Jeff Bezos lifted a pile of dirt with a front loader to kick off Amazon's new $1.5 billion air hub

Key Points
  • Amazon breaks ground on a $1.5 billion air hub in Kentucky on Tuesday.
  • CEO Jeff Bezos is there at the groundbreaking and rides a piece of heavy machinery.
  • The air hub is scheduled to open in 2021 and will employ 2,000 Amazon workers.
Founder, Chairman, CEO and President of Amazon Jeff Bezos gives a thumbs up as he speaks during an event about Blue Origin's space exploration plans in Washington, U.S., May 9, 2019.
Clodagh Kilcoyne | Reuters

Amazon broke ground on Tuesday on a new $1.5 billion air hub in Kentucky that will enable it to further control its own shipping and cut its reliance on UPS, FedEx and the U.S. Postal Service.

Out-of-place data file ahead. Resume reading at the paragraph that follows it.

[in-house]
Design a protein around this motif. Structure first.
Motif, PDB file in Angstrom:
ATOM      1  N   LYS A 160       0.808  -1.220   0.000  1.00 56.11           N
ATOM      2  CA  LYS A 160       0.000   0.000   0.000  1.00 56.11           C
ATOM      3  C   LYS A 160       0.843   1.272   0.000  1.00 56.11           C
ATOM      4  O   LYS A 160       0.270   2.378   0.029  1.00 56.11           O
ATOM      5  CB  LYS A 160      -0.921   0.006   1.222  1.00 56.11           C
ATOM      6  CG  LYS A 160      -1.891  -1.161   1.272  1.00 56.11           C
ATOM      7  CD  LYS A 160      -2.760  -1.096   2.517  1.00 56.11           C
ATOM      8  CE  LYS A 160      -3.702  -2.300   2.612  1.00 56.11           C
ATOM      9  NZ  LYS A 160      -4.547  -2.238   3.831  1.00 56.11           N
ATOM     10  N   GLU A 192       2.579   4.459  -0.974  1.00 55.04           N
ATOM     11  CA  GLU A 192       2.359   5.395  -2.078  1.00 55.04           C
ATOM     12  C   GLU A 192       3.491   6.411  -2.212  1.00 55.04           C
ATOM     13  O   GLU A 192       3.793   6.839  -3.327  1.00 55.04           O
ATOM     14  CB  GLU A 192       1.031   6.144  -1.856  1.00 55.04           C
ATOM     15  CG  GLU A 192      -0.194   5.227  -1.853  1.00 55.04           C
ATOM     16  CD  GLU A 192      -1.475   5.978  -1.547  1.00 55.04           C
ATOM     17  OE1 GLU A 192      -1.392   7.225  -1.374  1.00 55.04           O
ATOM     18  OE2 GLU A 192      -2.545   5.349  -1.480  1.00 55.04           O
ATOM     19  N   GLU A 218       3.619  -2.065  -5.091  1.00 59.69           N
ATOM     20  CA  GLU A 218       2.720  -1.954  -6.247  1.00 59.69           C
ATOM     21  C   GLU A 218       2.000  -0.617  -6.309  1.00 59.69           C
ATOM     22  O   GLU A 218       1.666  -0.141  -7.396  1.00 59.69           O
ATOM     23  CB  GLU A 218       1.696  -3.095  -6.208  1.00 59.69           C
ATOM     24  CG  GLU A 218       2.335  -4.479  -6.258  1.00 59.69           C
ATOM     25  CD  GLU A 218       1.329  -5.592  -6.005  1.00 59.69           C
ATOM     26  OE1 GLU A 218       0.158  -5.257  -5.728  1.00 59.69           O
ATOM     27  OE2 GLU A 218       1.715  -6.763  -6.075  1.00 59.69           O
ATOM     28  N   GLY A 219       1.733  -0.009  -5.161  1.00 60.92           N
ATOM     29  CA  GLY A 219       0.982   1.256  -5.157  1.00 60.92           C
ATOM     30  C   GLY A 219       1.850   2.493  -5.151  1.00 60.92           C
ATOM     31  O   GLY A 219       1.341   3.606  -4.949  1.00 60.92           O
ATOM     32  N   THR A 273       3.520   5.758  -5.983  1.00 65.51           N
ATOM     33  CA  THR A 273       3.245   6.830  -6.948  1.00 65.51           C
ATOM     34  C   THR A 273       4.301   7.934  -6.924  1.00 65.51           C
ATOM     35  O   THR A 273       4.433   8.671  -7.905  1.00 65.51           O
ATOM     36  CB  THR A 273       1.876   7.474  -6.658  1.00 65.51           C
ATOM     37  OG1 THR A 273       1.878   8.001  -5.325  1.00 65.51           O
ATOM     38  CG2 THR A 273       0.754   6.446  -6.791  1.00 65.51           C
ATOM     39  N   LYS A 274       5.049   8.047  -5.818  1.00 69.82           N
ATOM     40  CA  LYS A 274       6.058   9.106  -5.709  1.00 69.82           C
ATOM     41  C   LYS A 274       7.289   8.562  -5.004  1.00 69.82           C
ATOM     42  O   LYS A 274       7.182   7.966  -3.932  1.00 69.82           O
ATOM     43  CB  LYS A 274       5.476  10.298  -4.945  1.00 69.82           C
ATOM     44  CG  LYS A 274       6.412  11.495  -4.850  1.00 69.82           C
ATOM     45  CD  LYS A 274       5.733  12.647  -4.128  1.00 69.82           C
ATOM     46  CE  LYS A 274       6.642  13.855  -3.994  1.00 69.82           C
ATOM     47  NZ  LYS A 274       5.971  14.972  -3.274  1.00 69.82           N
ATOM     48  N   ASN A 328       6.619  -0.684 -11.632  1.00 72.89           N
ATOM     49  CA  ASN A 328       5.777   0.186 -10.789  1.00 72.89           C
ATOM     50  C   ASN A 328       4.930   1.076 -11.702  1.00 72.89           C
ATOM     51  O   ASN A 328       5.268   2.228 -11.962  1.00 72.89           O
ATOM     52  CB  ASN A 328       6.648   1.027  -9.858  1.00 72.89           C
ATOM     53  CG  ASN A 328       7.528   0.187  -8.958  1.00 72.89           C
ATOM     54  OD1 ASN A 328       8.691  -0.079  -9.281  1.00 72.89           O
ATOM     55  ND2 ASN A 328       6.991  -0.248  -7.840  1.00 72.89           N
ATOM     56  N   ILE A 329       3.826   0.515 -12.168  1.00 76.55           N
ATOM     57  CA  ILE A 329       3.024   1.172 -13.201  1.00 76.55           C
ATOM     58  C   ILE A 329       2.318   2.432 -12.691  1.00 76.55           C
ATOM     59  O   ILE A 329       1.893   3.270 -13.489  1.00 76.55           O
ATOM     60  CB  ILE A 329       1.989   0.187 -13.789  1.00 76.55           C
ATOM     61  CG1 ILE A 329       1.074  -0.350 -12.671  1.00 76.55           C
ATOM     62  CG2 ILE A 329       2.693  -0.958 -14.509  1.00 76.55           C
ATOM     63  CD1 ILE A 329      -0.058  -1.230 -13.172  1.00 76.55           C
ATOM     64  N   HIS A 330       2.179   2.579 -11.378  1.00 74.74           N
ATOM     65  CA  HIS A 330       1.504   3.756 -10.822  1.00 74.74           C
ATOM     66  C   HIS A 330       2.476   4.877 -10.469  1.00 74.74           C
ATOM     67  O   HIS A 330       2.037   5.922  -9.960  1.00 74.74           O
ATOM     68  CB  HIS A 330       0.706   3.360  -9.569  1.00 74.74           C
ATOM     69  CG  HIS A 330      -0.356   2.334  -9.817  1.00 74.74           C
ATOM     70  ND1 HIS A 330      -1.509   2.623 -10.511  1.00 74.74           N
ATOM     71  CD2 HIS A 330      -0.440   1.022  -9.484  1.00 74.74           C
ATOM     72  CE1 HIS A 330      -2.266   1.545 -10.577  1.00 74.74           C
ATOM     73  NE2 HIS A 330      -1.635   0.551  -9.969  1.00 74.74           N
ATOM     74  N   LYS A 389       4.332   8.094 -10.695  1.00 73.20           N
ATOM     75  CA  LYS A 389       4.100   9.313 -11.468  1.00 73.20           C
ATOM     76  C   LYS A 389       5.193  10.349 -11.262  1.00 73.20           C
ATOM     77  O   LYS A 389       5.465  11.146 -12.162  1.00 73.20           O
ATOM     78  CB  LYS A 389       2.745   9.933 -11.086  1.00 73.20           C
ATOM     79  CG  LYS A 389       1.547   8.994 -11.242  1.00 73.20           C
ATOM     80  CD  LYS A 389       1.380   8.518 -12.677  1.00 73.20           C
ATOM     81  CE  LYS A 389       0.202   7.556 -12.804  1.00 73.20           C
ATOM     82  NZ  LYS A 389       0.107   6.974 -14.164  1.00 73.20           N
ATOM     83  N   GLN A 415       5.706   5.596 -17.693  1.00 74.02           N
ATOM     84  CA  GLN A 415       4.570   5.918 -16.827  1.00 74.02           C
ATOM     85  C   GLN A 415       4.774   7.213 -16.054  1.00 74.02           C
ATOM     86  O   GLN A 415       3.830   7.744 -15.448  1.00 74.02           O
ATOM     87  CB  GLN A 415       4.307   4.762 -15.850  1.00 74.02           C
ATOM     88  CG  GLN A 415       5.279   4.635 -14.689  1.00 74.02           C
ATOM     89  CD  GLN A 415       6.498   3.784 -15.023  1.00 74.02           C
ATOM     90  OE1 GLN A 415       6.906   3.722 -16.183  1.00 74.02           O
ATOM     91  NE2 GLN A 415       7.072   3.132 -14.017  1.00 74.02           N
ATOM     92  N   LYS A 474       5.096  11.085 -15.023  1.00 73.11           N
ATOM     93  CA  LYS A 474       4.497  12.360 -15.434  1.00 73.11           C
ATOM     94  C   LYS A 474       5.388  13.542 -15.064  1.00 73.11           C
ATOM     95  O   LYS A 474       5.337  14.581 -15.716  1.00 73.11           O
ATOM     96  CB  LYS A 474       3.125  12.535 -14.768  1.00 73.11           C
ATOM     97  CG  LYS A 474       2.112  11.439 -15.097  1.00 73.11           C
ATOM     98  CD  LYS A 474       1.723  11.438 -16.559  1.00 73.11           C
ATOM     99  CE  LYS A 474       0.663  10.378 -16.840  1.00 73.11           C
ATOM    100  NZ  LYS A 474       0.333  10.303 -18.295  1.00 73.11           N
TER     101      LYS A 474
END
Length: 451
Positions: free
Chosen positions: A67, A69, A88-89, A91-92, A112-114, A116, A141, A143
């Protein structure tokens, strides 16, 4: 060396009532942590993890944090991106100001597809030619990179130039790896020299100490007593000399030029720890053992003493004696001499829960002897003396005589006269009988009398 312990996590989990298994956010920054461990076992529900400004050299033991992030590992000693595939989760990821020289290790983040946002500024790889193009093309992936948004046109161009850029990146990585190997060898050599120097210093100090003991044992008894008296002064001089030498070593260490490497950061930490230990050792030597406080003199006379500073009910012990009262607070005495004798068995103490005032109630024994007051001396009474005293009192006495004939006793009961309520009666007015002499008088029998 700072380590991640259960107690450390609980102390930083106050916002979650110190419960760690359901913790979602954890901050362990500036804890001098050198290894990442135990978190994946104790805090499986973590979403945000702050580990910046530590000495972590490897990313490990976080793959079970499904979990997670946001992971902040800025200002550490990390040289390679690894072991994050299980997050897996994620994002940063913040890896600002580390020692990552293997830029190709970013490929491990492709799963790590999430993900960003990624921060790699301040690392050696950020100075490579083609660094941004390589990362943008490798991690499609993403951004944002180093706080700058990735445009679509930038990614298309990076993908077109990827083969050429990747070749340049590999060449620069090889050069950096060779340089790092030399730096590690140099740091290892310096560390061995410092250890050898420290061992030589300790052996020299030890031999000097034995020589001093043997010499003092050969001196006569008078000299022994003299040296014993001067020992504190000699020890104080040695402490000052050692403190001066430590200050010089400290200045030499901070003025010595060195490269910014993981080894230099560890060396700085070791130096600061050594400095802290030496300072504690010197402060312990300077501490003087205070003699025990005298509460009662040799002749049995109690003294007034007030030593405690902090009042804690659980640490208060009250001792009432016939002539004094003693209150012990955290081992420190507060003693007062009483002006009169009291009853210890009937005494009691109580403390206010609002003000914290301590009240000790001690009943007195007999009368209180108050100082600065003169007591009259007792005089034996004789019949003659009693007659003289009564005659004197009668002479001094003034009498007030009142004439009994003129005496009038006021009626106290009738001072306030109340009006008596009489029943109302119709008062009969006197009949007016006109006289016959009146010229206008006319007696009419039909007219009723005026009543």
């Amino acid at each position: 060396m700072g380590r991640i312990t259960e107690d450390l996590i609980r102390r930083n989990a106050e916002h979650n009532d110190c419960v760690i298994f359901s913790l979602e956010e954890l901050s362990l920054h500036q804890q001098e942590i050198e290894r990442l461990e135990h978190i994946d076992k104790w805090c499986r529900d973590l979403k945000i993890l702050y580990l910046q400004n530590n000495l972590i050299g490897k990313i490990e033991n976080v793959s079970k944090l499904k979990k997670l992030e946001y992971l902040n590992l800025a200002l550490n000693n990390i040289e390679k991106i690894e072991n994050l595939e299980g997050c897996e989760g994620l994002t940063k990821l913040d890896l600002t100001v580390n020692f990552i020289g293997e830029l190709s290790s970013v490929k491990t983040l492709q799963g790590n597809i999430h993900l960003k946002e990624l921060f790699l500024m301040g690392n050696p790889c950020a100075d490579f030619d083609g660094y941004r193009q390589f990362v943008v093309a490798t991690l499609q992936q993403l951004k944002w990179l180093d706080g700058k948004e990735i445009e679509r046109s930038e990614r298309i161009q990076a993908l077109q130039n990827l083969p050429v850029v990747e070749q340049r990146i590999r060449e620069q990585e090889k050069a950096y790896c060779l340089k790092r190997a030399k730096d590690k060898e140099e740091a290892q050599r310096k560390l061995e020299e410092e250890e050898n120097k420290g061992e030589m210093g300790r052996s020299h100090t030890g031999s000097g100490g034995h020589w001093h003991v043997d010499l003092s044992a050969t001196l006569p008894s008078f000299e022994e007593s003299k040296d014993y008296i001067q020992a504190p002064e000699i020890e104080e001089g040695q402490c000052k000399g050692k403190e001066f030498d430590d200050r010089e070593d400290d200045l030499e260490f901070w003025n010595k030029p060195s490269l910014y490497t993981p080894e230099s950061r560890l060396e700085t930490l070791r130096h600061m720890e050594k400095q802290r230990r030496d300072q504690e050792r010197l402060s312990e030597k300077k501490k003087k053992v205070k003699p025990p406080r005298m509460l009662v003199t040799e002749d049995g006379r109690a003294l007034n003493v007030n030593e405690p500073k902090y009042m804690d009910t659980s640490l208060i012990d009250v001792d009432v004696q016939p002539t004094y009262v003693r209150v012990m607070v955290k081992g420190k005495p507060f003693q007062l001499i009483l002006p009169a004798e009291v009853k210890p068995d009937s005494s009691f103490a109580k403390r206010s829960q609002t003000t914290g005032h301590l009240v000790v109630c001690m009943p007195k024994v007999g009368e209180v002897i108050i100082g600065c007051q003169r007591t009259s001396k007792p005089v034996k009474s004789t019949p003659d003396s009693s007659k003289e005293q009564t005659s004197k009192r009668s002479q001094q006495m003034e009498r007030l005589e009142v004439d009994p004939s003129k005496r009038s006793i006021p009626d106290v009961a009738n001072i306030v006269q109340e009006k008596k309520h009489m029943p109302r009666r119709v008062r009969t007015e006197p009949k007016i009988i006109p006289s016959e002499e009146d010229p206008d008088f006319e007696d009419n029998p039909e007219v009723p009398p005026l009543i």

But watching Amazon CEO Jeff Bezos at the groundbreaking, you could get the sense he was just excited to drive some heavy machinery.

Watch him:


"All right, let's move some earth!" Bezos said before getting on a John Deere front loader.

"If you're wondering, that's fun," he said when he disembarked.

The air hub at Cincinnati Northern Kentucky International Airport was originally announced in 2017 and is scheduled to open in 2021. About 50 aircraft will operate out of the hub, and 2,000 Amazon employees will work there, according to Amazon.

"This hub is going to let us get packages to customers faster. We're going to move Prime from two days to one day," Bezos said on Tuesday, according to the Cincinnati Business Courier.

Adding planes, Amazon aims to compete with FedEx and UPS in logistics